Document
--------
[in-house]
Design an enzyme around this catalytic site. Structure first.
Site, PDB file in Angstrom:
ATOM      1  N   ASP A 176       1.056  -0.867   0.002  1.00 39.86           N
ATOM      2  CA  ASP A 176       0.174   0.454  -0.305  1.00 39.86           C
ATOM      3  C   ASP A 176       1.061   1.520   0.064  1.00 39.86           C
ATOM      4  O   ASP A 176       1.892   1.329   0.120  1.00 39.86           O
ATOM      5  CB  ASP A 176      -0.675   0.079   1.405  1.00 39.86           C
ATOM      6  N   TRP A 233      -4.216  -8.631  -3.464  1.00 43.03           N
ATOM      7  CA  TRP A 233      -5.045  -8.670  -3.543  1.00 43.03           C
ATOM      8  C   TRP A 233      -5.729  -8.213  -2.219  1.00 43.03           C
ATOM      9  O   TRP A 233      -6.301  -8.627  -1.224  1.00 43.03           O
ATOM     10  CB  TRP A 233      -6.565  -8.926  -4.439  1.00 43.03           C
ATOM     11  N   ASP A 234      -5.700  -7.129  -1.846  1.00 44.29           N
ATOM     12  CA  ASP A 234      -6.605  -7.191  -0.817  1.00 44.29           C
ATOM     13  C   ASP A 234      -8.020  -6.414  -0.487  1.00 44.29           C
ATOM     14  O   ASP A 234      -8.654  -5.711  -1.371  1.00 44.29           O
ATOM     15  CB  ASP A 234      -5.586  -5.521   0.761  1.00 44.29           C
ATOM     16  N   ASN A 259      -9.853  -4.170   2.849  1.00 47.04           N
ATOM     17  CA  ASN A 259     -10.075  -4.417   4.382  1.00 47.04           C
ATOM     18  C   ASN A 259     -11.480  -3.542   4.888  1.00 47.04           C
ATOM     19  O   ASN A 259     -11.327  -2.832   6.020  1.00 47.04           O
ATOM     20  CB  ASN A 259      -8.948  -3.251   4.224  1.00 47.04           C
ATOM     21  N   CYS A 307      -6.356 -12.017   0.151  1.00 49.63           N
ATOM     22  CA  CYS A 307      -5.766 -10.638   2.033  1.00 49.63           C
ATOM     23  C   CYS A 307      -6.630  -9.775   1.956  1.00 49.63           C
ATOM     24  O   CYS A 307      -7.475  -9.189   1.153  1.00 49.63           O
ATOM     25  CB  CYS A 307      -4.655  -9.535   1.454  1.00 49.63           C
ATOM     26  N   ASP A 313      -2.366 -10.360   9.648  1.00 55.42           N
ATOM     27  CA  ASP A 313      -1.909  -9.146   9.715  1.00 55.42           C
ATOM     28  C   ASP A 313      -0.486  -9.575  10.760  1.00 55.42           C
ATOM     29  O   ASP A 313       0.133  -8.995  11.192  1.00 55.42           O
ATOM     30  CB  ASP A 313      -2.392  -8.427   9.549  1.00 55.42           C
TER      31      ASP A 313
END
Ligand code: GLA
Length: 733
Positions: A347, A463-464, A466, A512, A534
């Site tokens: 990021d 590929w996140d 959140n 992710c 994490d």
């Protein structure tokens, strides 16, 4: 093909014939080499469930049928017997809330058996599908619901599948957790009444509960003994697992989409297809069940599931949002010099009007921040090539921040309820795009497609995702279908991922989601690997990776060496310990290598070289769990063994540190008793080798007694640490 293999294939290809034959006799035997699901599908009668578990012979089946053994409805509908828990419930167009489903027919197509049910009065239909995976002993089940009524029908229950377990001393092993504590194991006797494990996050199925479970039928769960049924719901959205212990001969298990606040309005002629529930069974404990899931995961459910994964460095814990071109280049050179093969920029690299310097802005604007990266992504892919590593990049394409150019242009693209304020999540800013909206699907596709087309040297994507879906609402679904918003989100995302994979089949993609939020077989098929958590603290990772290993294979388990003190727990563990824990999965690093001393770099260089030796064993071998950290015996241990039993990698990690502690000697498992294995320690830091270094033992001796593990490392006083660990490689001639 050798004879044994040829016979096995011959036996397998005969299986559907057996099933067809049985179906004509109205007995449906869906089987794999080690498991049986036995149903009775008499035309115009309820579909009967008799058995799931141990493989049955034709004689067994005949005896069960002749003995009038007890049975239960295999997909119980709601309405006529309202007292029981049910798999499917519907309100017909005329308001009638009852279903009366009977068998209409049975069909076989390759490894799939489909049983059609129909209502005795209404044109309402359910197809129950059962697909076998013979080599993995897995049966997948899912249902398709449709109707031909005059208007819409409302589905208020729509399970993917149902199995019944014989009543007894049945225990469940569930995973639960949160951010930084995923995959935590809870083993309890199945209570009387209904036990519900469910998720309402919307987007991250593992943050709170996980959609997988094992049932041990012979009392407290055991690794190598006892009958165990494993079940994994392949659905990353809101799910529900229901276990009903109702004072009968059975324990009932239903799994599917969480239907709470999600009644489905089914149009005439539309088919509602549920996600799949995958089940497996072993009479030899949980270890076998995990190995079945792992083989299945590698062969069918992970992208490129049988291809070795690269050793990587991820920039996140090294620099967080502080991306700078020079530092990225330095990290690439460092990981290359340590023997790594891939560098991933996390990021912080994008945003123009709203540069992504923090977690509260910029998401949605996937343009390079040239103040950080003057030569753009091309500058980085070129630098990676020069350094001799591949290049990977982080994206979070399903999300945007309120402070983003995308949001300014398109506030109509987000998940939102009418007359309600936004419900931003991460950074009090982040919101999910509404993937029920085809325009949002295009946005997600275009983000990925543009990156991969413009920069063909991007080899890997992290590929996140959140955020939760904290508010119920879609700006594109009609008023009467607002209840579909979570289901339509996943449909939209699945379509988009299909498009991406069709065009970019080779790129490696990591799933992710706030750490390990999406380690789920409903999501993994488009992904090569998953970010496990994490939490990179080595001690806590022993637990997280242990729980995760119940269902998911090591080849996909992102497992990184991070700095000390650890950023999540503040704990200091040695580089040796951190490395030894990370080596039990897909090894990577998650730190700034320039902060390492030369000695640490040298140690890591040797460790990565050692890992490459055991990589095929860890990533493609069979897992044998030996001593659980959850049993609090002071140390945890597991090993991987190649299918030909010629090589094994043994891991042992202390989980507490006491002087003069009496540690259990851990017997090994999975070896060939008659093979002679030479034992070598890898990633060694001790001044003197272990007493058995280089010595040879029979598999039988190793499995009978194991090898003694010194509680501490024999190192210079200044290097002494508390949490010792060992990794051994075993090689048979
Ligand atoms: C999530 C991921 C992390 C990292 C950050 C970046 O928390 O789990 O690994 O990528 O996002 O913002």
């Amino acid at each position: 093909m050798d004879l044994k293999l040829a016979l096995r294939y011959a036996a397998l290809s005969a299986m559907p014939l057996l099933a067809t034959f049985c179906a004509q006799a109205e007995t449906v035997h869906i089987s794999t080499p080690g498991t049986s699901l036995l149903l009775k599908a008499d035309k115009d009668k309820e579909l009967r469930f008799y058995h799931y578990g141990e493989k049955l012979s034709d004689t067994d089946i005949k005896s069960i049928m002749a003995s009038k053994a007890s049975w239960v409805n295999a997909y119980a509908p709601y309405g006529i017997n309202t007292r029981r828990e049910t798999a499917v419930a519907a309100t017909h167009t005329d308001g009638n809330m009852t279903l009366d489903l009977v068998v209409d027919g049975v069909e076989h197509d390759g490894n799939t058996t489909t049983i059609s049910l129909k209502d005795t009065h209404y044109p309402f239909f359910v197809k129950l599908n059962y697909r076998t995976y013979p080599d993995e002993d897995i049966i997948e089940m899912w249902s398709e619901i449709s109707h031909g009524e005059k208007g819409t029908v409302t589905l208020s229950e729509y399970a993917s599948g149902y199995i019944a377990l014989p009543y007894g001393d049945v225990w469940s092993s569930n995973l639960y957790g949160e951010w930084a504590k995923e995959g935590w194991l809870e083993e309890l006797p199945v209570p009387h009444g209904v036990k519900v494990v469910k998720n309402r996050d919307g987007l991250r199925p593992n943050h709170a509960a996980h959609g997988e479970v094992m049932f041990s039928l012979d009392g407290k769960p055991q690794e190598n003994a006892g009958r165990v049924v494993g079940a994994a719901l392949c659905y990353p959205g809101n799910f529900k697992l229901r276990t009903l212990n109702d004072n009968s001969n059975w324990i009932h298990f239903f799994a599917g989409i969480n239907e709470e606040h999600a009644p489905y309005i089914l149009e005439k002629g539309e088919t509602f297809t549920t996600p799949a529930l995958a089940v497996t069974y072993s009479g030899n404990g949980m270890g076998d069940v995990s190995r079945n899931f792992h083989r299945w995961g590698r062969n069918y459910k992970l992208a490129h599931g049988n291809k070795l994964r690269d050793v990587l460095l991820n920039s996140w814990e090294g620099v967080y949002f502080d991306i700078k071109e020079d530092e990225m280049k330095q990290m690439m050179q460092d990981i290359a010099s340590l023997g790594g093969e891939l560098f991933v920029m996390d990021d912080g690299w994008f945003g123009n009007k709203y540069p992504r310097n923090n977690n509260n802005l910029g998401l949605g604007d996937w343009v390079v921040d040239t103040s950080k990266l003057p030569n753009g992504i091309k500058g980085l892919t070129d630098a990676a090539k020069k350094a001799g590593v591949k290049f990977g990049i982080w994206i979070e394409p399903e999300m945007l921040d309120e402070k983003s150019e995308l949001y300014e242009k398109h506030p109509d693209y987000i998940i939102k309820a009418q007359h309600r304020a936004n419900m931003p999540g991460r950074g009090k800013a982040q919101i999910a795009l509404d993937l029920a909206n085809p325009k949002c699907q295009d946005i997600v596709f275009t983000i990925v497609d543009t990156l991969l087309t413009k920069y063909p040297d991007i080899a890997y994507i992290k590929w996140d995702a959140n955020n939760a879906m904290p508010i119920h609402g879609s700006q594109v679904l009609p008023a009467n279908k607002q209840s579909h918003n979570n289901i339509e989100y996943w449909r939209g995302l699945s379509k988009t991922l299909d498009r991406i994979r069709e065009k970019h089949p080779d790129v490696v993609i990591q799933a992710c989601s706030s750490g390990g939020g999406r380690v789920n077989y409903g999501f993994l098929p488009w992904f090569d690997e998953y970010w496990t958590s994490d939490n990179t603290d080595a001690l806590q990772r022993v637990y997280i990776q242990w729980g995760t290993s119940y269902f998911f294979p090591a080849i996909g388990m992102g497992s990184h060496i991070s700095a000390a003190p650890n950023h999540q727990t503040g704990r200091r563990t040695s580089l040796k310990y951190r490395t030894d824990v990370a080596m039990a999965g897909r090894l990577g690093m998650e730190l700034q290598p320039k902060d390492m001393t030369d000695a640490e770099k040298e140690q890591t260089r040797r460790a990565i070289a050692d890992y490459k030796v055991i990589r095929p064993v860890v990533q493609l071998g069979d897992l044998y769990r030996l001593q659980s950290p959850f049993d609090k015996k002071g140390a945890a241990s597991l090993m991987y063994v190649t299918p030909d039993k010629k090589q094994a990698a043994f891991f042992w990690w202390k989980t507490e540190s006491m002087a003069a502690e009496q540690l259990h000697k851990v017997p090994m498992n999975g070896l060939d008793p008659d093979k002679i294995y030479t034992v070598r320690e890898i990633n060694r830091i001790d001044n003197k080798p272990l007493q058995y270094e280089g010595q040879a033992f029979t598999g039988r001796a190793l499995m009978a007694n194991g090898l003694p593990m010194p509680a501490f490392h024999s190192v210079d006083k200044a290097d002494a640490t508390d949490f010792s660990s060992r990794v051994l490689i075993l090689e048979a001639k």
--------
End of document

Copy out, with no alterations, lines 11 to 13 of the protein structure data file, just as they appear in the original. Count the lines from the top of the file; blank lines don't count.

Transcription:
ATOM      8  C   TRP A 233      -5.729  -8.213  -2.219  1.00 43.03           C
ATOM      9  O   TRP A 233      -6.301  -8.627  -1.224  1.00 43.03           O
ATOM     10  CB  TRP A 233      -6.565  -8.926  -4.439  1.00 43.03           C